Turns out the trick is in the comment on the third line of the solution file. For solutions created by Beta1 (and I'm assuming, anything older), the third line looks like:

# Visual Studio Codename Orcas

In Beta2+ solutions, it is:

# Visual Studio 2008

Change the line in notepad (or whatever), and all is well- you can open the solution by double-clicking in Explorer again.

LINQ to SQL enum mapping

UPDATE: Figured this one out! I was always using a fully-qualified type name on my enums- for this to work, you have to prepend the global:: prefix. Unqualified type names work fine, as long as the type is visible from the generated LINQ entity class namespace. I filed this as a bug...


Has anyone successfully managed to use the Orcas Beta2 (sorry, VS2008) bits to do first-class enum mapping onto an int column? My Beta1 code is doing the "define another property that does the mapping from int->enum and back" trick, but I'd like to let the mapper do it for me now that it's supposedly supported. I've got my enum defined, but when I set the 'Type' field on the column properties in the O/R designer to the FQ name of the enum, I get the following error:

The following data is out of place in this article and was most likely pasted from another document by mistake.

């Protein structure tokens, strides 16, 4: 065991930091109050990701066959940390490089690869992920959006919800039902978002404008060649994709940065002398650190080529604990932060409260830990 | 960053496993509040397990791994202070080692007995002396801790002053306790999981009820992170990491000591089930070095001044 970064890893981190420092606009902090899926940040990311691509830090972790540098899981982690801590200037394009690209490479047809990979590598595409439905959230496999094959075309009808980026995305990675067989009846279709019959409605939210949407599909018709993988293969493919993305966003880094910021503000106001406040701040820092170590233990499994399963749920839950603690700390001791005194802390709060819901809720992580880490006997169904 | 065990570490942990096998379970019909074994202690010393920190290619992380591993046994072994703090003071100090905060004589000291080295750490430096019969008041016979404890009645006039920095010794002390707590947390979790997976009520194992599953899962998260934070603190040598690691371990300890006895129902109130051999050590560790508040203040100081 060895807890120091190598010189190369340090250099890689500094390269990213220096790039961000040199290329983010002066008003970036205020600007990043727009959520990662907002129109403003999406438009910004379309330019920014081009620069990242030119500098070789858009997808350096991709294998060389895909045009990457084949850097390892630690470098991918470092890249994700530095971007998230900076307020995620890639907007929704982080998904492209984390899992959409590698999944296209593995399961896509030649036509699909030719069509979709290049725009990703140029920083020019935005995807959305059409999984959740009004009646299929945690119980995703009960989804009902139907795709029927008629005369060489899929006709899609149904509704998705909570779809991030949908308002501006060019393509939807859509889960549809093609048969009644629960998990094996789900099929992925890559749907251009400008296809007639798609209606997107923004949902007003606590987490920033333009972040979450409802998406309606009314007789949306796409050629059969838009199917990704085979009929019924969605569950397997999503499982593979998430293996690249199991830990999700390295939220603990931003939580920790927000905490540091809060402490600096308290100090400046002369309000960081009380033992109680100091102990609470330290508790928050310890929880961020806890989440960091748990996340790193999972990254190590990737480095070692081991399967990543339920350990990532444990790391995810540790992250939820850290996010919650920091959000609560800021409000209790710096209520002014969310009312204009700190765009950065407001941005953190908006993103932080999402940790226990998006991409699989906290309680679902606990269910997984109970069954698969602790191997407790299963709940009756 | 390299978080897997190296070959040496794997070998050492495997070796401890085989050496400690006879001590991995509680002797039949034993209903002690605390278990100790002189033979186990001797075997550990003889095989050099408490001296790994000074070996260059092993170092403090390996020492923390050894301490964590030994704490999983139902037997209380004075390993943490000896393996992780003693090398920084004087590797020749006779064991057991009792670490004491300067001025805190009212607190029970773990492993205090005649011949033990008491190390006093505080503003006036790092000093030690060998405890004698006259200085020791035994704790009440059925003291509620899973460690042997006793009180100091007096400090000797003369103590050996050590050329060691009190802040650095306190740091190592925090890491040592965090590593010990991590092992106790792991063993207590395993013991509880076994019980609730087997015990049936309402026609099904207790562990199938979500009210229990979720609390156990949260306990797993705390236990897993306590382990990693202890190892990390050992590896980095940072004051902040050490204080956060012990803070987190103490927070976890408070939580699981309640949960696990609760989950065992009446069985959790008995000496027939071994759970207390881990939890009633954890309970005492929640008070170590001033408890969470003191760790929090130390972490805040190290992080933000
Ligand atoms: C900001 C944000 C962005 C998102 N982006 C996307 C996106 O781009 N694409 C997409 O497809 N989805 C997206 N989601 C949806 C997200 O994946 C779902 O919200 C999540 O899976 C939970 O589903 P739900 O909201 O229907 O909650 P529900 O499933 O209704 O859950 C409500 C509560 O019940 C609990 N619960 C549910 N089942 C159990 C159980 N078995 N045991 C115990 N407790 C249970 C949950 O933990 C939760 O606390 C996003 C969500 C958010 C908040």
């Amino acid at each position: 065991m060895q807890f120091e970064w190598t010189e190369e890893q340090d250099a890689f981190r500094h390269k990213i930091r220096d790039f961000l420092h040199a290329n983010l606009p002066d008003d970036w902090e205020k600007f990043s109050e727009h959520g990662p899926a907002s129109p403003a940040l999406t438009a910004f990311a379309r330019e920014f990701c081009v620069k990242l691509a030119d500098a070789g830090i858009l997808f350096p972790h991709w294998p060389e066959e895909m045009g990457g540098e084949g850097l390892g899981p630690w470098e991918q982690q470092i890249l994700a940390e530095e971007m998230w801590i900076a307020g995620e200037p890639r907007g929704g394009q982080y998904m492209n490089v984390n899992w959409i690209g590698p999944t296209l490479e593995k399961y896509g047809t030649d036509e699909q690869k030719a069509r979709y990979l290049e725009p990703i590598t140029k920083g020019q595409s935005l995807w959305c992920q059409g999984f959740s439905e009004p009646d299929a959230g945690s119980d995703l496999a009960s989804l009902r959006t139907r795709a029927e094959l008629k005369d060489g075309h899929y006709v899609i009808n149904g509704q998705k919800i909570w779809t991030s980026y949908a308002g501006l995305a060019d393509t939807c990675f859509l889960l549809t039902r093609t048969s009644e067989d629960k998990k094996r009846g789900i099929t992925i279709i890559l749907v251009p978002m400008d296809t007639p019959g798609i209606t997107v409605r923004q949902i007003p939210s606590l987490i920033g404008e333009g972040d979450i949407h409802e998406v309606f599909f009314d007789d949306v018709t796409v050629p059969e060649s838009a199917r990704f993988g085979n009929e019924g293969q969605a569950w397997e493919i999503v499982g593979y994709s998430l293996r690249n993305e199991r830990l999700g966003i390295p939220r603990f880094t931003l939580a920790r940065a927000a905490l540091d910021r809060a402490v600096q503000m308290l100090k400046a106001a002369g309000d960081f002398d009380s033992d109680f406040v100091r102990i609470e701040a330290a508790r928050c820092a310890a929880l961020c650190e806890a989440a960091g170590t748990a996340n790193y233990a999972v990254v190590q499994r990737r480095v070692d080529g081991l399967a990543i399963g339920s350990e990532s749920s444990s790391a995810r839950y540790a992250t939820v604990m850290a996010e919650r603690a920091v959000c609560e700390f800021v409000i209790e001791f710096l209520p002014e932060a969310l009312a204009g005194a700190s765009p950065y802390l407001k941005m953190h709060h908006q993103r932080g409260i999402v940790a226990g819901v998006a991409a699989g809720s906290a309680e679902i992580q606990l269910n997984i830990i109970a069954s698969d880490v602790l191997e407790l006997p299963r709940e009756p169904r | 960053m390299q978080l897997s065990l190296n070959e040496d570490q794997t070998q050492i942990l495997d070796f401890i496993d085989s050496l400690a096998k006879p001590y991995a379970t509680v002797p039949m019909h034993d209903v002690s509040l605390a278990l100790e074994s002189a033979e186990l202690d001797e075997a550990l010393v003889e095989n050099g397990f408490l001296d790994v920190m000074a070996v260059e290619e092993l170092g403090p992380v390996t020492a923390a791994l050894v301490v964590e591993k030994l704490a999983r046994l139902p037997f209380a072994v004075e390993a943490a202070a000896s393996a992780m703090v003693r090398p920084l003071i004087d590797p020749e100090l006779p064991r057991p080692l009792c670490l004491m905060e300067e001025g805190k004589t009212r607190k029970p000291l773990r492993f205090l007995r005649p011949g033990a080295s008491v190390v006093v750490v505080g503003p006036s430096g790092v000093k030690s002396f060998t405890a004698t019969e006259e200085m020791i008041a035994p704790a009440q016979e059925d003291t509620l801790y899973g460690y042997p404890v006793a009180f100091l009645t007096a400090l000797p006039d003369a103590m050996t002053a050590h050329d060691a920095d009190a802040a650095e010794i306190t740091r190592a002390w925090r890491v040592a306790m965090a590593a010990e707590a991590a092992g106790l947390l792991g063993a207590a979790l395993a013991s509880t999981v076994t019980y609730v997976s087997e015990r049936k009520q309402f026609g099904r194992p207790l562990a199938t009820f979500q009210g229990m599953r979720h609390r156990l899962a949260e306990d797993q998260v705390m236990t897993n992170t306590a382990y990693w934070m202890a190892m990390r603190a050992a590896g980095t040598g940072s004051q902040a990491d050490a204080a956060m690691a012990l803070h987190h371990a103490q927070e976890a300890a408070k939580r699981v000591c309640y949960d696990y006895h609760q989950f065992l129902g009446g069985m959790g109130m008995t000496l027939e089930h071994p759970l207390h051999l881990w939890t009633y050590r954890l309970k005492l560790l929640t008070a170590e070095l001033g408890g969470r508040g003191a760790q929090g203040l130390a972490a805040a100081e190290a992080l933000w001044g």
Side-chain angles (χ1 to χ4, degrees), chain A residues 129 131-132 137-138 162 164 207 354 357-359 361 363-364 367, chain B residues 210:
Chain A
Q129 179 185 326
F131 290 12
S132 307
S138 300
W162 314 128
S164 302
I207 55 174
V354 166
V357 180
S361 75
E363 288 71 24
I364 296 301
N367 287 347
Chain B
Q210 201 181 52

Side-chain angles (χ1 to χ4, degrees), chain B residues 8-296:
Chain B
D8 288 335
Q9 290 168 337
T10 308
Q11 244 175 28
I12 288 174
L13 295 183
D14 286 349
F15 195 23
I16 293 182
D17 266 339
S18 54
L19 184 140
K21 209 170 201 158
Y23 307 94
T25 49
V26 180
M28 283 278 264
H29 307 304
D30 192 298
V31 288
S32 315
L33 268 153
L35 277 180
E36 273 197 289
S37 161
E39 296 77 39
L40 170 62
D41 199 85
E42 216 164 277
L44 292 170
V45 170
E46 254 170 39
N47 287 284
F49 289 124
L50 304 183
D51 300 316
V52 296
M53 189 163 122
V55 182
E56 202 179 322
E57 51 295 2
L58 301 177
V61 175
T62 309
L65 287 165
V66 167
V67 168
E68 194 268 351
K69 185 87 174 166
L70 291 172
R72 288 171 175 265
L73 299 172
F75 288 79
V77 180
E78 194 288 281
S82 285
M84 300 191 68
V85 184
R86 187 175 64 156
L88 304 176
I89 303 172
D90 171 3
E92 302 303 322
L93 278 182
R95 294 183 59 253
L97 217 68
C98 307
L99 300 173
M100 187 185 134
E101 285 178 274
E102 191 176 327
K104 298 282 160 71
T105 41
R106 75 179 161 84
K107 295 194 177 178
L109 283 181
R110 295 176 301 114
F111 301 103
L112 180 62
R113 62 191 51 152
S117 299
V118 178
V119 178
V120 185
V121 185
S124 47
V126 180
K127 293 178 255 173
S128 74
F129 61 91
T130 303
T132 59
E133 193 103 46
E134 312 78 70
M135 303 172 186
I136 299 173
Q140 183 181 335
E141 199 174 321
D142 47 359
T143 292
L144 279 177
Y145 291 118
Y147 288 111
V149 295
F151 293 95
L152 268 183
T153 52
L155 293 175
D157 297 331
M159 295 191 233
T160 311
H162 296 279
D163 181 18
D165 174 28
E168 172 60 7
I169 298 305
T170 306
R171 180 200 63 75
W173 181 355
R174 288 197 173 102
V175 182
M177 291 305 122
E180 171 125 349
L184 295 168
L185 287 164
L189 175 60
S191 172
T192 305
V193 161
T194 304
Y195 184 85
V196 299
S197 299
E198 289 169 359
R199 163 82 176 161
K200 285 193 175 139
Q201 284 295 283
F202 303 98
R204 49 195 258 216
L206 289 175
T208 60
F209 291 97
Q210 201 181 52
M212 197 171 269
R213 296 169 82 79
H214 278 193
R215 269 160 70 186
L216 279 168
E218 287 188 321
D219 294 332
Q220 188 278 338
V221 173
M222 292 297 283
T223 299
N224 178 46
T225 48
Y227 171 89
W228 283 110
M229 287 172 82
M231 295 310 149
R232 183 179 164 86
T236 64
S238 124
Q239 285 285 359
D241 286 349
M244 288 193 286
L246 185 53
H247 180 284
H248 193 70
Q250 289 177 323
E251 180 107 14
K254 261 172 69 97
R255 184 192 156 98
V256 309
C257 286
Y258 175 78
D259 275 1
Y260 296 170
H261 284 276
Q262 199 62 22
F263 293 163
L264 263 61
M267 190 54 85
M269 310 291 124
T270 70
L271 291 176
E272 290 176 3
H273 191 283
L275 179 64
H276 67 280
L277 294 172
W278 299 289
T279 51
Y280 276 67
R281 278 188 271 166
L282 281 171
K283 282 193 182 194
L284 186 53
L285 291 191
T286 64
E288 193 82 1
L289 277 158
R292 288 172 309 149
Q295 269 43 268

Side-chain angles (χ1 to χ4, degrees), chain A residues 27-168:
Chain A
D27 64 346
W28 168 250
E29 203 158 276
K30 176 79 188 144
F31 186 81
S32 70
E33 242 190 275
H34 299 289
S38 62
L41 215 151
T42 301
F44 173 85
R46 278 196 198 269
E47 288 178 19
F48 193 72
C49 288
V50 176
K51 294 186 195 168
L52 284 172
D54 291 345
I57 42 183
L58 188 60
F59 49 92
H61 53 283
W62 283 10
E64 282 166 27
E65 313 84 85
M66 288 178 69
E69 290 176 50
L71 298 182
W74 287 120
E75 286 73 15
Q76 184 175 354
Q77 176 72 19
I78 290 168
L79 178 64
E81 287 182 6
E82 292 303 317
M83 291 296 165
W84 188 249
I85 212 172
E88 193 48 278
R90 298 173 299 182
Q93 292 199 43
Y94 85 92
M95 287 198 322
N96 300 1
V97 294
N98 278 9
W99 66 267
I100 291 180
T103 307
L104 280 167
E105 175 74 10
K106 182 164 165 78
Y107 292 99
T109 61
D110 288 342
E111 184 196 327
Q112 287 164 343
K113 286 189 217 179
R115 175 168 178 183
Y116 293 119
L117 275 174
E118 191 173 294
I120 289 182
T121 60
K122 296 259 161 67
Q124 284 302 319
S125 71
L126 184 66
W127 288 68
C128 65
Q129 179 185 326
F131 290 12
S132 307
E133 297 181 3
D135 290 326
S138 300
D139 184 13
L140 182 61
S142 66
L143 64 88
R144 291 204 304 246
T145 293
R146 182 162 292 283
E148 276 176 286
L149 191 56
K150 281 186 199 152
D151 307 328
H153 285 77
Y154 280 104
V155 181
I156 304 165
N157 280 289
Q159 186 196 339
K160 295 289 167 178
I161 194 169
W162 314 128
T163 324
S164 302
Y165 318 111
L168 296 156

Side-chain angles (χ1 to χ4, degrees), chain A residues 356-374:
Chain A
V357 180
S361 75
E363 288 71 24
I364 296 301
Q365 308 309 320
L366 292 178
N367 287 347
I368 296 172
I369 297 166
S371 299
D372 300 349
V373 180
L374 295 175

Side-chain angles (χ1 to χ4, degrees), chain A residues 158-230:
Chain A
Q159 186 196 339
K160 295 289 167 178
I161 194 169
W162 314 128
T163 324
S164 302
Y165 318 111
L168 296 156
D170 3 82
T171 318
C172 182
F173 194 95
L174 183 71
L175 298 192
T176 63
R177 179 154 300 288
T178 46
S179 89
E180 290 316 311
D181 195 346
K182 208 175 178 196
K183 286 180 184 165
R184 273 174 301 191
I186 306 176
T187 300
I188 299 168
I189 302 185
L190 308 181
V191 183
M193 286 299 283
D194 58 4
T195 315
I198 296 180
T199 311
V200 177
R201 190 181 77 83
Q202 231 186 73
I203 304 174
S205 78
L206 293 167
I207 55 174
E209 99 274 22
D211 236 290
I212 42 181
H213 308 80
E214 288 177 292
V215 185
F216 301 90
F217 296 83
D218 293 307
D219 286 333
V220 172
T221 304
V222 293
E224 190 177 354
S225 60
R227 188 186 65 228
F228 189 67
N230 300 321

DBML1005: Mapping between DbType 'Int' and Type 'AnApp.AnEnum' in Column 'EnumDBColumn' of Type 'ATable' is not supported.

I know it's finding the type- I get a different error if I use a bogus type name. Grr. I'm hoping I'm just doing something dumb- I really want this to work!

Friday, July 27, 2007

WebGet and WebInvoke rock!

I'm loving the new WebGet and WebInvoke programming model in WCF- the URITemplate binding style is so natural. Just poke up a request URI with some placeholders in it, and WCF magically maps it to the right operation on my contract and plugs in the arg values... It'd be even cooler if it supported something akin to WPF binding paths (allowing you to bind querystring values to any property on any object), but I'm still thrilled with what we have, especially how much better it is than the Beta1 stuff!

This being beta software, however, there are a few rough edges. Unfortunately, WebGet operations don't support nullables. That means I have to botch up my existing contracts that have "optional" int typed args to take strings (so I can distinguish missing values from default values- I get this with my enums already because I always define a 0 "Undefined" value). If you try to use a nullable in a WebGet OperationContract, you'll end up with:

Operation 'Op' in contract 'Service' has a query variable named 'nv' of type 'System.Nullable`1[System.Int32]', but type 'System.Nullable`1[System.Int32]' is not convertible by 'QueryStringConverter'. Variables for UriTemplate query values must have types that can be converted by 'QueryStringConverter'.

I've filed a suggestion to see if they can add support for nullables. Go vote for it! I guess I'm the Nullable b*tch- I went and counted. Over the years, I've filed six different bugs on various .NET APIs support for nullables, and blogged about at least one of them.